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The Lion Hunt
Apex Felines and Royal Association in Aryan Iconography
There is an ancient tale related on the Alexander Sarcophagus, of the hero king who wished to be a god, battling a lion in a presidio, or animal pen, and coming near death. There are many ancient engravings of Assyrian and Iranian [?] kings hunting lions and tigers from the back of a chariot, and lion-hunting as still current in Europe up until about 400 B.C. In fact there was a legend of Polydamas, [1] defeating a lion in Herculean fashion with his bare hands. There was an extinct species of Tiger in the Caucasus Mountains called the Caspian Tiger and before antiquity was done Roman entertainers would be sending to Sub-Saharan Africa and Indian for Lions and Tigers for the arena.
I have a theory that the King’s crown is an imitation of a lion’s mane and that the lion hunt is central to warrior psychology across racial and ethnic lines and that the Aryan tradition has a particular expression intrinsic to it which demonstrates a salient difference.
This past summer I was viewing the Cornel Wilde movie The Naked Prey, in which a big game hunter employing a hunting guide, break Bantu taboos, resulting in all of the non-warriors being tortured and killed. But since the guide is regarded as a warrior, he is let run off on a sporting hunt, pursued by leading warriors in an honorable hunt of one man by eight. Bob, turned and looked at me and said, “It’s a lion hunt.”
The movie progressed in such a way as to humanize and edify the hunter and the hunted with each gaining warrior status and humanity through their “struggle with The Other.”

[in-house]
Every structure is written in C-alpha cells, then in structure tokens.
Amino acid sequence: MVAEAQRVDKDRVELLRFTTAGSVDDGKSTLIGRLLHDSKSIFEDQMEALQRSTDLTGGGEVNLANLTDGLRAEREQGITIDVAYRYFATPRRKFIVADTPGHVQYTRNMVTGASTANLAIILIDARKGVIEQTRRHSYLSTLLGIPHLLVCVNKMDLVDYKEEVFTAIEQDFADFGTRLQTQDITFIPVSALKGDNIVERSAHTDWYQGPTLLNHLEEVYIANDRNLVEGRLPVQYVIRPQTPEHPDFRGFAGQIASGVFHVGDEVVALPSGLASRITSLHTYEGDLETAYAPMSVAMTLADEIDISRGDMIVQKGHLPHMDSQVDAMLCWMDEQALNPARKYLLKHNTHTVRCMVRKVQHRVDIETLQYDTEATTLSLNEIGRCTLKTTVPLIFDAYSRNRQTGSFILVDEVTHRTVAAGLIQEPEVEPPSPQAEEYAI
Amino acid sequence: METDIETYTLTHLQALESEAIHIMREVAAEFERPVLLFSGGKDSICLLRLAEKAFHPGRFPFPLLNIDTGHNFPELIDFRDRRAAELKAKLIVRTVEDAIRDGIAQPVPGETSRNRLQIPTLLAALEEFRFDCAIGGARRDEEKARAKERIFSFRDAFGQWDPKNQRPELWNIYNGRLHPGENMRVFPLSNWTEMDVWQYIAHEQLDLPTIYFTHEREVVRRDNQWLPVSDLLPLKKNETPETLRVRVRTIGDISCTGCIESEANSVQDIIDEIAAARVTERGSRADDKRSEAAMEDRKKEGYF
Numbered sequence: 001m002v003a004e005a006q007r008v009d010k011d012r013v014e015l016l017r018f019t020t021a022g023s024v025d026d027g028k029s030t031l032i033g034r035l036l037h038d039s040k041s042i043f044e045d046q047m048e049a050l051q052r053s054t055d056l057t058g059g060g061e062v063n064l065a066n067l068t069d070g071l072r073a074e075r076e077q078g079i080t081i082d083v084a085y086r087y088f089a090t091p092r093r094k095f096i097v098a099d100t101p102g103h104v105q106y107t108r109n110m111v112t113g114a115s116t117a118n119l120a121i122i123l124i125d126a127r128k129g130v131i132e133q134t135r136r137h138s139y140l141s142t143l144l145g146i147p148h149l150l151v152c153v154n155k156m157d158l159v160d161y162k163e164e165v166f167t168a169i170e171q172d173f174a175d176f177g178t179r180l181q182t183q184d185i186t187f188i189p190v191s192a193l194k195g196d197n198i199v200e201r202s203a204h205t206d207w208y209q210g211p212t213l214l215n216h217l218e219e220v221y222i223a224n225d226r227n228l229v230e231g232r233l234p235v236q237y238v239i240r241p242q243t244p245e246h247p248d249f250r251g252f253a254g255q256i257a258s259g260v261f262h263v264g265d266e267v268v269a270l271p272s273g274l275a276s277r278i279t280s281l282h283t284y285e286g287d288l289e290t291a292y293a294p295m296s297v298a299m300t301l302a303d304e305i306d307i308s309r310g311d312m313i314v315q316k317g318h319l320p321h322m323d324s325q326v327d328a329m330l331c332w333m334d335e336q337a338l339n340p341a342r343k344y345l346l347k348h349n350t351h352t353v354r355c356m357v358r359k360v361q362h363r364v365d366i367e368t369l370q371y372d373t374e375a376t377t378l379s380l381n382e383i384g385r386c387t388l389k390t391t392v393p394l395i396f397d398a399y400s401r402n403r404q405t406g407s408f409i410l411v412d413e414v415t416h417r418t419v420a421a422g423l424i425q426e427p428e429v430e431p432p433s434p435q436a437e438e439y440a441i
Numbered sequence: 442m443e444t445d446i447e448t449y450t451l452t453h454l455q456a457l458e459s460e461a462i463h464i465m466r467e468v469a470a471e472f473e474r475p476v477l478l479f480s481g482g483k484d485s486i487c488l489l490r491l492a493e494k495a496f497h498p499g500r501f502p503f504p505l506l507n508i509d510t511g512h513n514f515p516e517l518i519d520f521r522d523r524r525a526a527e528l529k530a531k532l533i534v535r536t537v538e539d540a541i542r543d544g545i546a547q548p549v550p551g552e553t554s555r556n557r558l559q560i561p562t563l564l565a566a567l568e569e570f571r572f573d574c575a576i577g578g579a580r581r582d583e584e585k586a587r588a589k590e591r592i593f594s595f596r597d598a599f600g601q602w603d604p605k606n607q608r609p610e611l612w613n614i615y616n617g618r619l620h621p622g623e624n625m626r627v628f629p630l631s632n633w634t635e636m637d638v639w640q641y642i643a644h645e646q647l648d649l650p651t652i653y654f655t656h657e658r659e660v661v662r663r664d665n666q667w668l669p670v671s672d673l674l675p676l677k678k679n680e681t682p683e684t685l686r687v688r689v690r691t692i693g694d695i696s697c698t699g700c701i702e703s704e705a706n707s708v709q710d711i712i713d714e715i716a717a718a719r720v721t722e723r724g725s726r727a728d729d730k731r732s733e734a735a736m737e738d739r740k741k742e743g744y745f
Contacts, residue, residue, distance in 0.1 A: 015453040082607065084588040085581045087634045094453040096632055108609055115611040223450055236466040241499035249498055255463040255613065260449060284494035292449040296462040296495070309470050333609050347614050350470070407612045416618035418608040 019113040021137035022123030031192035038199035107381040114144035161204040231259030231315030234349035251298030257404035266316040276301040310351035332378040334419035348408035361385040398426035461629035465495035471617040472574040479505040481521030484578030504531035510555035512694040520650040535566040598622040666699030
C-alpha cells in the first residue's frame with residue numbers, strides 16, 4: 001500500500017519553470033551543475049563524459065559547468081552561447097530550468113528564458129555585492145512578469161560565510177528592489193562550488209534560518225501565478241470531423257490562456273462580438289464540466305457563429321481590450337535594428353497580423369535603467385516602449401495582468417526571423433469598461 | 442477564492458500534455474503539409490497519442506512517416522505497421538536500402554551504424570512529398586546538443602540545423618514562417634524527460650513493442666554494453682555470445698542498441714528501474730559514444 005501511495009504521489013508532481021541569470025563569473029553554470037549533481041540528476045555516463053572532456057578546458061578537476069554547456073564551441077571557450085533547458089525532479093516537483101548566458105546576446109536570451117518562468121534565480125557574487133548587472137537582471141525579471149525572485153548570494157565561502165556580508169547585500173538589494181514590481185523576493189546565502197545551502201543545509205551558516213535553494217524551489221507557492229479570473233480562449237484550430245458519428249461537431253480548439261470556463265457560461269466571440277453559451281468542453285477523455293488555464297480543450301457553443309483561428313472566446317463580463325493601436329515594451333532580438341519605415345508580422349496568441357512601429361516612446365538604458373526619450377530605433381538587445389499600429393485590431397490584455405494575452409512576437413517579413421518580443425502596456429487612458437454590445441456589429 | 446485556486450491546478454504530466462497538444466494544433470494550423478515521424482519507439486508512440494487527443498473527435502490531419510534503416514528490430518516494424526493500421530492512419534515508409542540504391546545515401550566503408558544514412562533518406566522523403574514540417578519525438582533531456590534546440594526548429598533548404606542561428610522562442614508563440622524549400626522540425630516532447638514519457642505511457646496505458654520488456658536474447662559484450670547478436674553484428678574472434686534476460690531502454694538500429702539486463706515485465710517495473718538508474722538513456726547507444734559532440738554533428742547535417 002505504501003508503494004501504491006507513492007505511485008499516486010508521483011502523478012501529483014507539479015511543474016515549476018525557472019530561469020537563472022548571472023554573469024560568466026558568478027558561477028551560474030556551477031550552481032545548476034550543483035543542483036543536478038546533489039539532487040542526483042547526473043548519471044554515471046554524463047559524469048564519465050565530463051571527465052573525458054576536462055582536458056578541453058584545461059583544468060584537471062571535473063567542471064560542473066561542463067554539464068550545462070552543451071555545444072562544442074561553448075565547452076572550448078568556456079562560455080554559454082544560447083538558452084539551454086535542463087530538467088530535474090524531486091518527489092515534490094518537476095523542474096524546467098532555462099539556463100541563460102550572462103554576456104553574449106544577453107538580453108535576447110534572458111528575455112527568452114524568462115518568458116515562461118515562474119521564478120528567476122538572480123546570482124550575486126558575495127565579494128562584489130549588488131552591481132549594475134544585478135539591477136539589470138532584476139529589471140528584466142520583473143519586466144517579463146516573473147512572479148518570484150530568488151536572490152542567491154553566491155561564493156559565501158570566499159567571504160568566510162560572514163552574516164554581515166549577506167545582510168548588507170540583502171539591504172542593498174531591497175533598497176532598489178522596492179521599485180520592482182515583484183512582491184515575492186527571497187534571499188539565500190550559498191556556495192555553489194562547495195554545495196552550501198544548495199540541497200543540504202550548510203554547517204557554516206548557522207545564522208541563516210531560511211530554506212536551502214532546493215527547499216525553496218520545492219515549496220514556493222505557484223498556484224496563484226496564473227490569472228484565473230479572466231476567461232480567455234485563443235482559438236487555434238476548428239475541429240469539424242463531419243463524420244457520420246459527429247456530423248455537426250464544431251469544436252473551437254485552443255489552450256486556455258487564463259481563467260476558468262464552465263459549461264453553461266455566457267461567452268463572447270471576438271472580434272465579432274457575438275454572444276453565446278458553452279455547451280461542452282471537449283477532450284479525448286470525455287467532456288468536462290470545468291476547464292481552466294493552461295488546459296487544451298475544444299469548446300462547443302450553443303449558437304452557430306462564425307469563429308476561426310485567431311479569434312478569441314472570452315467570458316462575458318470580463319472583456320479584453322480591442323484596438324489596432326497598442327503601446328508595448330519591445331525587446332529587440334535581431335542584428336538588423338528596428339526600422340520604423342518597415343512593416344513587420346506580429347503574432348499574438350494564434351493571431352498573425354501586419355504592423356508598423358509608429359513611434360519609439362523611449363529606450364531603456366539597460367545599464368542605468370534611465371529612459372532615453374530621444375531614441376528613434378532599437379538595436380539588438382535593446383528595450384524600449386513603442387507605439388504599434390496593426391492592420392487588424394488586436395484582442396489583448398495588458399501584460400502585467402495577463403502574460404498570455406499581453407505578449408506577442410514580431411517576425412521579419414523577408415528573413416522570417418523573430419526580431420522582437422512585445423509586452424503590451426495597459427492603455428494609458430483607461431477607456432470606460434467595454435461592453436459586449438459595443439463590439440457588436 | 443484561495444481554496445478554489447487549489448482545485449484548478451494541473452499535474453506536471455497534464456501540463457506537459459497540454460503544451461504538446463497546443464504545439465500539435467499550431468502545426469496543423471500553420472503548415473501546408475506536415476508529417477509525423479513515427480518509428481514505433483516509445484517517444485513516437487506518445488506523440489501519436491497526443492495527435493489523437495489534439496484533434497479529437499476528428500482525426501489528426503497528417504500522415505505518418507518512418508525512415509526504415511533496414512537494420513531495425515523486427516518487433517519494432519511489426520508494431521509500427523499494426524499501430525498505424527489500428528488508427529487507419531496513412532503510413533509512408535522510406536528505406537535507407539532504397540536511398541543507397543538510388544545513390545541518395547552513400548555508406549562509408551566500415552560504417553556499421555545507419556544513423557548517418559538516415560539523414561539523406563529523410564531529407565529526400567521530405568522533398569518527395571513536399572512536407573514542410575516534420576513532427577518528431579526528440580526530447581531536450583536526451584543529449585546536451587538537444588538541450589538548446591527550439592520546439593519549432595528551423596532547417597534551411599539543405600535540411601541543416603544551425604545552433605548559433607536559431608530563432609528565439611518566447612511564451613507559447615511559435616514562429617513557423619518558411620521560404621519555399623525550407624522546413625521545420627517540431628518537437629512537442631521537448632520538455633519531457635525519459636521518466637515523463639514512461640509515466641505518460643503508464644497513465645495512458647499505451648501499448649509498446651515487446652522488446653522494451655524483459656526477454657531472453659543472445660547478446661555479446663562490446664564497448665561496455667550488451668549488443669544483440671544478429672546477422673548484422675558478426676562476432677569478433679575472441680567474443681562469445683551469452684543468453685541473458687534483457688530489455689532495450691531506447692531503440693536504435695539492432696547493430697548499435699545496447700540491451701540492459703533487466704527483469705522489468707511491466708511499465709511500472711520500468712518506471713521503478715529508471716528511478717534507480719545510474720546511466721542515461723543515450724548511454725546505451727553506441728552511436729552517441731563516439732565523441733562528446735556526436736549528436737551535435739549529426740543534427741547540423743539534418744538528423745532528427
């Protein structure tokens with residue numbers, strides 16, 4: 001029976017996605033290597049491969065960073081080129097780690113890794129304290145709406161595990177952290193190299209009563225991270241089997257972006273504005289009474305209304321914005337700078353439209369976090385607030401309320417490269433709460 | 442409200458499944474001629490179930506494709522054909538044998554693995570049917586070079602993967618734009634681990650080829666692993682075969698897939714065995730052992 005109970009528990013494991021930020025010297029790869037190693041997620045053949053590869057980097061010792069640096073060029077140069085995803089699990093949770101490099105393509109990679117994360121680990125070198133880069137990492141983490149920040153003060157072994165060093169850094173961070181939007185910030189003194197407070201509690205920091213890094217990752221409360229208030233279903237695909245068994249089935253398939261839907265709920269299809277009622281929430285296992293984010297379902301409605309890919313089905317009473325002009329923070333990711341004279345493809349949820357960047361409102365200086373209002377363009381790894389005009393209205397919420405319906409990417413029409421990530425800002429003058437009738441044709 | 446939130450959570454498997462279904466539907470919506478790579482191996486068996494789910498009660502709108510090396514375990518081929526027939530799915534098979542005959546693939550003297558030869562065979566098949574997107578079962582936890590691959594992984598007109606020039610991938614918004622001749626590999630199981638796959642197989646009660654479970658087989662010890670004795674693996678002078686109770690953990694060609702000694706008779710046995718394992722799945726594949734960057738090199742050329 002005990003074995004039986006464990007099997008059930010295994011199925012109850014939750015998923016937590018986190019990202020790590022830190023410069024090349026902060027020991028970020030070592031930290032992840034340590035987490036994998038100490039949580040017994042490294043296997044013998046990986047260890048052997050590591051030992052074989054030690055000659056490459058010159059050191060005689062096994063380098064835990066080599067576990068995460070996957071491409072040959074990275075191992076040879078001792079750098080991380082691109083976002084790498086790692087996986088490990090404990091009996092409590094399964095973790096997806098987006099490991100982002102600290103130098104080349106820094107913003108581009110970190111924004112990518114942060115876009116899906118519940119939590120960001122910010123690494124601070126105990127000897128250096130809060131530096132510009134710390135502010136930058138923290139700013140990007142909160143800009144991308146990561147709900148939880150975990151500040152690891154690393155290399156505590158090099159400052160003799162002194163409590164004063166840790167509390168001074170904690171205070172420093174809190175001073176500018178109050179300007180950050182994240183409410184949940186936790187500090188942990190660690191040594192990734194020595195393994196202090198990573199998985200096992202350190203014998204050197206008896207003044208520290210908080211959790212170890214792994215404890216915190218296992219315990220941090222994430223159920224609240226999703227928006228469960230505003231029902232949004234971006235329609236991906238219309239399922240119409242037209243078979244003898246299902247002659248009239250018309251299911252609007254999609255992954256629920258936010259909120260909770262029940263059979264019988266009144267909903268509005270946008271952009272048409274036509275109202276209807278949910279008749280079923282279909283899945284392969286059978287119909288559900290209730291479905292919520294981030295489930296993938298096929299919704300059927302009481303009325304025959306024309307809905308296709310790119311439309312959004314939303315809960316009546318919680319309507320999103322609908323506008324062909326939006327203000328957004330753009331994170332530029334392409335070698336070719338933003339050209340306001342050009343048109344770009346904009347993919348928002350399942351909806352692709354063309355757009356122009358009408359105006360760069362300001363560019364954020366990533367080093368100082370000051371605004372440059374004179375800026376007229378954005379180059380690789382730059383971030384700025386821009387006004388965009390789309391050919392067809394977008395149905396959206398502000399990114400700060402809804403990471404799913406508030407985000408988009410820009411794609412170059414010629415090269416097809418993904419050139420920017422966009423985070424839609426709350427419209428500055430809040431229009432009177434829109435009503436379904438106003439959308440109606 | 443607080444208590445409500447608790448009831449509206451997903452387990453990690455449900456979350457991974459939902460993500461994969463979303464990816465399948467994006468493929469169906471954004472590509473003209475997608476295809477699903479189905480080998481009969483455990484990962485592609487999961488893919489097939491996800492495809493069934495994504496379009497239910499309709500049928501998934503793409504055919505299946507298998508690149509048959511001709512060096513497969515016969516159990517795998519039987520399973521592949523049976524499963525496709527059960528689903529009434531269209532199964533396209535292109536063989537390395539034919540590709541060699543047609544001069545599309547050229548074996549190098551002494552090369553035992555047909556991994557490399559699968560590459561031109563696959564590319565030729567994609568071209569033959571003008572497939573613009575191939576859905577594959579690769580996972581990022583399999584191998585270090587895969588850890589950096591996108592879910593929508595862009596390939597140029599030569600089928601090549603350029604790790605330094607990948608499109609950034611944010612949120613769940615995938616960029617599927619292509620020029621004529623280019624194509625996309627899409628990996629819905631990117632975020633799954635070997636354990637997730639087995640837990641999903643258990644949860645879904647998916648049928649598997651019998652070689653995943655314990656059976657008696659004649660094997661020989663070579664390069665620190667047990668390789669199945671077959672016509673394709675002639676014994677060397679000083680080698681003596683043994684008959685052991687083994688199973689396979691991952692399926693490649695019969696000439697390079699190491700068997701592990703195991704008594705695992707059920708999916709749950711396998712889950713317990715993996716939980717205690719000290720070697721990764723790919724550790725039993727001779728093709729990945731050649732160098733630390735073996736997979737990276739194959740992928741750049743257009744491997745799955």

The story ends with a salute from the survivor to his surviving enemies and the film itself takes its last moments to glorify each and every slain hunter quite unlike the Asian and now postmodern habit of depicting slain enemies as so many robots or insects, which does nothing to increase the warrior standing of the hero.
The modern lion hunt that my ffiend is familiar with is the pursuit of the “Tom Cougar” by a man and his hounds. This places man and canine in ancient alliance against the beast that ultimately hunts them for food when either is alone, or when one is sleeping. I once read a tale of a man-eating leopard in Africa, being tracked by a hunter, who slept with his dog at the foot of his bed and the leopard snuck in to the house and snatched the dog. On every continent which man has expanded to, except for Antarctica and possibly Australia, there has been some kind of big hunting cat waiting to kill him and his dog: leopard, Jaguar, Puma, Cougar.
It has been the unique Aryan expression of the resulting contest to conduct it with one man and his dog or dogs after one cat. The nomadic Mongols simply used horses and drove every terrestrial animal into a circle and shot it. This was brought into India by the Moguls who used beaters to drive tigers towards the waiting hunters on their elephants, combining the Asian and Aryan way of hunting apex predators.
From Gilgamesh and Enkidu slaying the forest demon, to Samson, Benaiah, Herakles, Milo [1] and Polydamas slaying lions, the kings of the Near East hunting lions as a ritual of kingship and the Sumerian habit of keeping a lion ch0ained at the gate of a city—now surviving in many a staircase flanked by lion sculptures—the lion hunt seems to be the most universal warrior ritual. But it is the Aryan use of hounds—before horses [2]—as partners in this hunt that stands out as unique and holds the longest-lived consequences for or present and future. From the use of K-9 officers to pursue criminals on foot to the U.S. Army “hair missile” like Conan the German Shepherd, where the partnership of man and horse has given way to man and machine, our partnership with the hound endures.
Notes
-1. Who did wear a lion-skin into battle against the Sybarite army, suggesting he killed the beast
-2. By 10 millennia it seems
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